Dengue is an endemic and epidemic disease in almost all of the tropical regions and in most subtropical regions. With an important incidence in Africa, it is more predominant in South-East Asia, the Pacific Islands and Central and South America. Dengue (DF) and dengue hemorrhagic fever (DHF) are caused by one of four closely related, but antigenically distinct, virus serotypes (DEN-1, DEN-2, DEN-3, and DEN-4), of the genus Flavivirus. Infection with one of these serotypes provides immunity to only that serotype for life, so persons living in a dengue-endemic area can have more than one dengue infection during their lifetime. DF and DHF are primarily diseases of tropical and sub tropical areas, and the four different dengue serotypes are maintained in a cycle that involves humans and the Aedes mosquito. The Aedes aegypti is the most important vector.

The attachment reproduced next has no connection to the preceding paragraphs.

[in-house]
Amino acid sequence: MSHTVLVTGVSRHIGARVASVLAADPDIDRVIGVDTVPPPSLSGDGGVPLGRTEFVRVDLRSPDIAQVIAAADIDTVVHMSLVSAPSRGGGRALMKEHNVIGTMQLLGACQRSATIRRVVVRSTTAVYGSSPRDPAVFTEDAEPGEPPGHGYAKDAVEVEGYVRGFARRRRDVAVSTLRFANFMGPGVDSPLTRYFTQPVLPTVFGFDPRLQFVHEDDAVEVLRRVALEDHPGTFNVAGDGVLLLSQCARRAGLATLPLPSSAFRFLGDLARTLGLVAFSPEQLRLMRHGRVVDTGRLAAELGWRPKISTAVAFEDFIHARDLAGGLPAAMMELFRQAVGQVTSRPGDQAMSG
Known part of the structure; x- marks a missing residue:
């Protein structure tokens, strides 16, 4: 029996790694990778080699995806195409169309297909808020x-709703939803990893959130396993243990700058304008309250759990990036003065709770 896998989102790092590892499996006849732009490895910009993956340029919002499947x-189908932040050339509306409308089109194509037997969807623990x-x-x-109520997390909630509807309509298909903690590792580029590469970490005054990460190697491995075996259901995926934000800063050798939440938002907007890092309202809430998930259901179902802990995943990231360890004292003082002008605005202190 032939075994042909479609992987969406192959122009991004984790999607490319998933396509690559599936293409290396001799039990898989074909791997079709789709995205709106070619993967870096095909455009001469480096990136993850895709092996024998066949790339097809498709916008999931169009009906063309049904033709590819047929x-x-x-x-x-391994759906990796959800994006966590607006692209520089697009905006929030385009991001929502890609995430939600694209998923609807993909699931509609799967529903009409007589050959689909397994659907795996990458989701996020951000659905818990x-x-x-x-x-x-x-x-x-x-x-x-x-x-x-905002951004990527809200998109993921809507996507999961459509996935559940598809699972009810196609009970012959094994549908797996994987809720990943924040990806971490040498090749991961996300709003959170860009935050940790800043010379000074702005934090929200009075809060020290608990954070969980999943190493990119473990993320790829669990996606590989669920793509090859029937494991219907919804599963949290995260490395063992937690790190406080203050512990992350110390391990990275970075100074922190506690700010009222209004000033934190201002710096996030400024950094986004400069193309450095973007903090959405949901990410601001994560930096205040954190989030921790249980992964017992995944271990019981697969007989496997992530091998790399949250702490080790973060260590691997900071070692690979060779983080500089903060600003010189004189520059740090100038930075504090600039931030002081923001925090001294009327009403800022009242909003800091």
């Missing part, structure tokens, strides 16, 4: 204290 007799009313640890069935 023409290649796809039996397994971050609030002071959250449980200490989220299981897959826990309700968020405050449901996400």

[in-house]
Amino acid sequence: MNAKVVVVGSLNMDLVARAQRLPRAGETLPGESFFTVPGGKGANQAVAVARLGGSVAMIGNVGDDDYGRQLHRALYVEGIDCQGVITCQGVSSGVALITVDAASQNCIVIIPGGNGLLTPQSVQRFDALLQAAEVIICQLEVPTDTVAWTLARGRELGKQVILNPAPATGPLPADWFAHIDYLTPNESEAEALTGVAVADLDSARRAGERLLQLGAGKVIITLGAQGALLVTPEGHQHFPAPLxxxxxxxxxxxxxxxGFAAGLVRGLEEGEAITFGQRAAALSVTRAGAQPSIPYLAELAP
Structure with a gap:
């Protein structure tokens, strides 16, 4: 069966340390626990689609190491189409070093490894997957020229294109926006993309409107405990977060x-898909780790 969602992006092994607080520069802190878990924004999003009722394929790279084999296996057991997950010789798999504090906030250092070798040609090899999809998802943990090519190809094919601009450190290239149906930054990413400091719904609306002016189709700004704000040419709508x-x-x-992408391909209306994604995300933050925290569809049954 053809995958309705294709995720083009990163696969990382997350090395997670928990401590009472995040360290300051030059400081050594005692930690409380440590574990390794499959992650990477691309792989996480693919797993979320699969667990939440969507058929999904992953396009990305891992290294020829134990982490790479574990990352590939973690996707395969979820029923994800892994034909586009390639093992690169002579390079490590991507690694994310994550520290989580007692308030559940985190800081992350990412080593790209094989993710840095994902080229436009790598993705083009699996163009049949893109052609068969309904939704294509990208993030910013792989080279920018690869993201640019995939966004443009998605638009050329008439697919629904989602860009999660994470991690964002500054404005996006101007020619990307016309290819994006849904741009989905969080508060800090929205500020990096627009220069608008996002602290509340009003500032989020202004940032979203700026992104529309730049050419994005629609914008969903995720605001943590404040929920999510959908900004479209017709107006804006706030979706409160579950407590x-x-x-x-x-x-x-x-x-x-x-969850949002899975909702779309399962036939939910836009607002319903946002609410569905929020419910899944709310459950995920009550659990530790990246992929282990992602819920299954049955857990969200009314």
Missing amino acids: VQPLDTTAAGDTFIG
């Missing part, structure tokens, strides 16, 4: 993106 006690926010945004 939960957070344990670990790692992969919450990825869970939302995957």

Ultrasound techniques have been used for the evaluation of adults and children suffering from dengue. Depending on the disease’s severity, the ultrasonographic findings may vary from mild ascites, hepatomegaly and thickening of gallbladder walls in Stage I-II to these findings and pleural effusion, pancreatic enlargement, peri- or para-renal collections and pericardial effusion in Stage III-IV.